Boris Johnson ‘would be first to move girlfriend into No.10’

London: Boris Johnson is planning to move his girlfriend Carrie Symonds into Downing Street with him should he win the Tory leadership contest, despite a row that led to police being called, sources say.

Friends of Johnson are insisting nothing has changed in the couple's relationship after they were recorded by neighbours arguing loudly.

Boris Johnson, one of the two final candidates for Britain’s Conservative Party leadership.Credit:AP

They said Johnson still plans to marry Symonds when his divorce to his second wife Marina Wheeler is finalised. Rumours had been circulating that Johnson and his partner had split and that their partnership was floundering even before the bust-up in early on Friday morning.

One source suggested Johnson was sleeping on the sofa and that explains why Miss Symonds, a former Conservative Party director of communications, was so upset when wine was spilt on it. But yesterday, Johnson's camp was adamant the row was nothing more than a typical contretemps.

A source said: "The couple intend to live together in No.10 if he is elected Tory leader and to marry after his divorce is finalised."

If Johnson does secure the leadership, and Symonds sticks with him, she would become the first girlfriend to move into Downing Street with an unmarried prime minister, becoming his official escort. The last, and only, time a prime minister has divorced and then remarried in office was the Duke of Grafton, who held the reins of power from 1768 to 1770.

Johnson is finalising his divorce from Wheeler, a barrister, after they announced last September that they were separating. Johnson left the family home in Islington and eventually moved in with Symonds.

Over the weekend Symonds, who has left her flat in Camberwell and gone into hiding, "liked" a message posted on Twitter that encouraged her to "please carry on" because the British public "must have entertainment at No.10", suggesting she still had her eye on relocating to Downing Street, assuming Johnson beats rival Jeremy Hunt in a vote of party members.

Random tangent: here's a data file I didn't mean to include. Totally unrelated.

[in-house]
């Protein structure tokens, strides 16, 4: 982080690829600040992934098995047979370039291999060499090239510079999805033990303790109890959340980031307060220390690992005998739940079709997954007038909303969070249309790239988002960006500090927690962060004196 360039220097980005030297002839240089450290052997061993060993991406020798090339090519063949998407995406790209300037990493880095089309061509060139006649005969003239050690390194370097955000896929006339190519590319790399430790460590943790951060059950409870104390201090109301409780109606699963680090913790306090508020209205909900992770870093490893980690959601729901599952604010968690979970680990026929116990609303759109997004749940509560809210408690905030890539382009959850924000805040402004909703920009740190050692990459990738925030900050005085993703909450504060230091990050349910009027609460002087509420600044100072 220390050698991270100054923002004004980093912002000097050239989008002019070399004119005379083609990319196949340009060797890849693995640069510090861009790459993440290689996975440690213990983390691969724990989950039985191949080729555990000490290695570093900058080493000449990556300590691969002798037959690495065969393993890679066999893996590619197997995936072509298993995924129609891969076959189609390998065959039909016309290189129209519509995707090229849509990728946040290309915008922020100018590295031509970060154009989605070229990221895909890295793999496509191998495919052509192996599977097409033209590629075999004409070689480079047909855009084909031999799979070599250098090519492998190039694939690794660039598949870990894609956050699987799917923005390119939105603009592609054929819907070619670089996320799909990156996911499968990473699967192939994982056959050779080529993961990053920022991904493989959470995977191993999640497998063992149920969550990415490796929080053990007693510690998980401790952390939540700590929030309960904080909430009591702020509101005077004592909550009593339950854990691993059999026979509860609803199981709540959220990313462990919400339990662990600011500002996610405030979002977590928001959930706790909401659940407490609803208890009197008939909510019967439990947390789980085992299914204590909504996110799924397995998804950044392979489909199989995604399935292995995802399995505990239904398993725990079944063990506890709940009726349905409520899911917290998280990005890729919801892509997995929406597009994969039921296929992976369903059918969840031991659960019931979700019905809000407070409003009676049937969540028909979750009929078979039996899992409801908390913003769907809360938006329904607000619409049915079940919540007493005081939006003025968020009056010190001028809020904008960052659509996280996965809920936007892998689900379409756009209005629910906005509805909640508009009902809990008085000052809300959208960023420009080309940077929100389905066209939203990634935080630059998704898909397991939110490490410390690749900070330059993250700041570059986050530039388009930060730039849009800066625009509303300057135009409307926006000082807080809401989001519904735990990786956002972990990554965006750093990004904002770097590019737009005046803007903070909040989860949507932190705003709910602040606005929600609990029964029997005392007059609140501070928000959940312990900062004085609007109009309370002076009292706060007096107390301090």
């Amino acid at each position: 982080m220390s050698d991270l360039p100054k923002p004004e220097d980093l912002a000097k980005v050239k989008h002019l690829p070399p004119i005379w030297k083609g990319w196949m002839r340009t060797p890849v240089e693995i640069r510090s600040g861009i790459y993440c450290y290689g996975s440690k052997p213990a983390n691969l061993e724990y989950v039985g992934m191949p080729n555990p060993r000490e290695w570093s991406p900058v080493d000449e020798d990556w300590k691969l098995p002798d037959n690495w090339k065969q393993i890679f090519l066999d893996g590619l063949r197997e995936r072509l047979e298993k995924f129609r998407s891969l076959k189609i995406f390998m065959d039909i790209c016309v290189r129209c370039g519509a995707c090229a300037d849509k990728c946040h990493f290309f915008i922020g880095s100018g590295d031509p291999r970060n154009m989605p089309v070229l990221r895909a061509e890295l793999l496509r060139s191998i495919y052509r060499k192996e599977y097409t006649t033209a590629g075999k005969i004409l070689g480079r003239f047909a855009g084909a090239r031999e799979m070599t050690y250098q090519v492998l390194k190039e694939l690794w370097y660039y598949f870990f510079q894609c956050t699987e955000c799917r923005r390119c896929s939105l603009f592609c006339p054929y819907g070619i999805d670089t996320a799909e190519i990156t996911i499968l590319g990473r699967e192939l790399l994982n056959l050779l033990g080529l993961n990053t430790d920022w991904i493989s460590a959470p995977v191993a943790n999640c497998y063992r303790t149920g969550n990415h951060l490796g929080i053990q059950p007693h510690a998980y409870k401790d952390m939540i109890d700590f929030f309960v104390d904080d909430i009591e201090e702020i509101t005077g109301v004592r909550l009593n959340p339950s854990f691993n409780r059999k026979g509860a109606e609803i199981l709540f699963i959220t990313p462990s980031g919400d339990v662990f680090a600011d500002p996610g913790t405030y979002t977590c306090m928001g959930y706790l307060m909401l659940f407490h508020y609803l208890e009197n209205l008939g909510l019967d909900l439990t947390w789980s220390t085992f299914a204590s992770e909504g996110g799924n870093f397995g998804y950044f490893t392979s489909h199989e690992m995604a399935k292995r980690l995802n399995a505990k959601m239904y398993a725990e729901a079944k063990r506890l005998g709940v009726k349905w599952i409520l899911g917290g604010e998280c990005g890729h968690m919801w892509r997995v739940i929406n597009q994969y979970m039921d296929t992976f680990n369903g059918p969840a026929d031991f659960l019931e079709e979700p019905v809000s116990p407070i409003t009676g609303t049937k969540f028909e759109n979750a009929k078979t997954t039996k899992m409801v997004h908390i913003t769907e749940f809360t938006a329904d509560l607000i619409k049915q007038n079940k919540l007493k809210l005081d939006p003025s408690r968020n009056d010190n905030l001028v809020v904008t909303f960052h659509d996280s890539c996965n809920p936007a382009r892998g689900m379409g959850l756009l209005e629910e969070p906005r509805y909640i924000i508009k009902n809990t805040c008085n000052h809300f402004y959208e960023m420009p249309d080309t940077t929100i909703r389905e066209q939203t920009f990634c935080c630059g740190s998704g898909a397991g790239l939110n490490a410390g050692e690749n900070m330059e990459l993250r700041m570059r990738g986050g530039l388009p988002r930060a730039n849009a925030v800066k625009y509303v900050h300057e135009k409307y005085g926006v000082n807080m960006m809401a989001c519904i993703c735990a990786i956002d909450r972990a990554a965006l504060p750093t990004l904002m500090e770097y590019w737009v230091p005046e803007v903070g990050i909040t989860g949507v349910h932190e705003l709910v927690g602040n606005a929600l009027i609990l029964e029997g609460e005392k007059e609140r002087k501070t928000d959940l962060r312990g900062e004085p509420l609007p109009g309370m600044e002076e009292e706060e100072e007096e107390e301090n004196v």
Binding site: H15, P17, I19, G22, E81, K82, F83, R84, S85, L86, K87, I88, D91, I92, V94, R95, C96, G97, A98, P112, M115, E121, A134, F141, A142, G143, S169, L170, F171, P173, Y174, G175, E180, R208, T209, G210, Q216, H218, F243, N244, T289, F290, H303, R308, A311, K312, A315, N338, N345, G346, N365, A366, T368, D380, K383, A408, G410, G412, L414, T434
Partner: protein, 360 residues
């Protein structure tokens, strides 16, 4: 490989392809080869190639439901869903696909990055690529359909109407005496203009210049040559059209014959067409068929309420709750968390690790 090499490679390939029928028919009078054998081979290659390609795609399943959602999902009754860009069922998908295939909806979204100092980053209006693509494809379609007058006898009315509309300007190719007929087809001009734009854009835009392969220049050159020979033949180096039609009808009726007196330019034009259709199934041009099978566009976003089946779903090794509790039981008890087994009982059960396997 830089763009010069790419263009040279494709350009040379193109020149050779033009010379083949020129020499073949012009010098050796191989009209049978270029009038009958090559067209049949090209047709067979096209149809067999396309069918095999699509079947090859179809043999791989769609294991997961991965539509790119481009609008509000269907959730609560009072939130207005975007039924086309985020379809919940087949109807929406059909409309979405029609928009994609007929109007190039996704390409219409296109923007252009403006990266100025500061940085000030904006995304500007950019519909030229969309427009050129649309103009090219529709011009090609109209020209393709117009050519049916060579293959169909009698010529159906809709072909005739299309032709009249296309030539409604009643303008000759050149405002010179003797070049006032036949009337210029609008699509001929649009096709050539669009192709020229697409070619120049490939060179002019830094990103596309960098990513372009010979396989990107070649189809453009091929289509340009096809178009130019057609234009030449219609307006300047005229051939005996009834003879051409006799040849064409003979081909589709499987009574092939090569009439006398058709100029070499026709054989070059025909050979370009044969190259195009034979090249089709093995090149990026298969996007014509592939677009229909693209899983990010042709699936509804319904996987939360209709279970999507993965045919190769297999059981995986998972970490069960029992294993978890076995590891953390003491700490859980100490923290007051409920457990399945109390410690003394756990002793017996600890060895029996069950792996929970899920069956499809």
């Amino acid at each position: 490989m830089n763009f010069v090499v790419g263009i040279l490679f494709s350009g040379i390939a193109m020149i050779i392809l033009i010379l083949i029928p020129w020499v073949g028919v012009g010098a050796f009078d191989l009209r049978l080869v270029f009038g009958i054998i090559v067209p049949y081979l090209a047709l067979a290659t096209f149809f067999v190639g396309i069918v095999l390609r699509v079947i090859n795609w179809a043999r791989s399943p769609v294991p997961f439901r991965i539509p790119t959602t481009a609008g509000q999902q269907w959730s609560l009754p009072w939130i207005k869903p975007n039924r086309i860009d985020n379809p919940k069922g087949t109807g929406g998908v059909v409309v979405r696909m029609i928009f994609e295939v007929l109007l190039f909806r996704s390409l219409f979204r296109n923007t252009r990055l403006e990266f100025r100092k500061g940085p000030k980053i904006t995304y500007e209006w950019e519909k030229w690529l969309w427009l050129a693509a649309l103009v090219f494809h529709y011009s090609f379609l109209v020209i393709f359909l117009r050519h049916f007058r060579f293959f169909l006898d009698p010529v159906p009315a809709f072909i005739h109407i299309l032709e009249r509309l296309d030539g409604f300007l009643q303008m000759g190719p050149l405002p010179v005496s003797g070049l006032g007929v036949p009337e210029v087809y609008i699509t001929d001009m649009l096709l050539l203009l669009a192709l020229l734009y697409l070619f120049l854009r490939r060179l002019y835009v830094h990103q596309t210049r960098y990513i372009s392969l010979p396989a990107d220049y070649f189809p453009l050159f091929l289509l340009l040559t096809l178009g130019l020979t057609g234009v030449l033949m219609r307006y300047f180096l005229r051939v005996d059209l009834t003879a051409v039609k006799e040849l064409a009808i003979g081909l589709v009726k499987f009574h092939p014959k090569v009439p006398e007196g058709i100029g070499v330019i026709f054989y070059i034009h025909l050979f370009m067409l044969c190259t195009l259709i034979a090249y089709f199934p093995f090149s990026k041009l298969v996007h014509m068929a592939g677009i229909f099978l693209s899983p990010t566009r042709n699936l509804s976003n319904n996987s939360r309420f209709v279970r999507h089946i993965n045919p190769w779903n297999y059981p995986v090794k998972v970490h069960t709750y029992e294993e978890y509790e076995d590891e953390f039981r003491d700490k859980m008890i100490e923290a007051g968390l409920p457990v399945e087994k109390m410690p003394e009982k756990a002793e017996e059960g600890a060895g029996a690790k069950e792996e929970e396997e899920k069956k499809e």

Confusion reigned however when Symonds subsequently removed her "like" from the tweet.

Symonds, 31, is reported by friends to be too scared to return to her two-bedroom flat in south-east London. Yesterday veteran activists from Class War arrived at the flat to stage a protest against Johnson, 55, the front-runner in the leadership race. They demanded Johnson stay away from the neighbourhood in Camberwell.

Symonds will find it awkward to return after posters were put up in the road attacking the former foreign secretary and on discovering that her neighbours had recorded their row.

A friend of Symonds told the Mail on Sunday: "Carrie really doesn't feel safe in her own home anymore with anti-Boris leaflets and posters stuck up on the road, hand-delivered hate mail and her private conversations being taped through the walls."

Johnson now has taxpayer funded police protection for the duration of his campaign for No 10. The arrangement started on Friday, just hours after police were called to Symonds' home. Sources said it was not linked to the row but to the fact that private protection officers would have been assigned to whoever had come in the top two in the vote by Conservative MPs. Jeremy Hunt, Johnson's rival for the job, already has police protection in his role as Foreign Secretary.

Neither Johnson nor Symonds have been seen at the flat since the altercation and it is unclear where Symonds is hiding.

Johnson's team had always intended that Symonds stay away from the hustings around the country for party members and she will not make any public appearances this week, said sources. Another source said her attendance at his campaign launch earlier this month was a "one-off".

Tom Penn and Eve Leigh, the neighbours who had recorded the row between Johnson and Symonds, last night stood by their decision to call police and – when officers decided to take no further action – to contact The Guardian.

In a statement, Penn insisted he made the recording from their own flat rather than in a communal hallway, as claimed by one Sunday newspaper yesterday. He said the row "was loud enough and angry enough that I felt frightened and concerned for the welfare of those involved, so I went inside my own home, closed the door, and pressed record on the voice memos app on my phone".

Symonds was heard shouting, "Get off me" and "get out of my flat", and complained Johnson had ruined her sofa by spilling red wine on it. She then shouted at him: "You just don't care for anything because you are spoilt."

The incident continued to dominate newspaper headlines Sunday. Hunt, said Johnson should not "shy away" from questions.

"I'm not going to comment on Boris' personal life … But what Boris needs to do is to engage properly in this leadership debate," Hunt told Sky News.

"This is an audition to be the prime minister of the United Kingdom, and Boris needs to show that he's prepared to answer difficult questions," Hunt said.

The Telegraph, London, with wires

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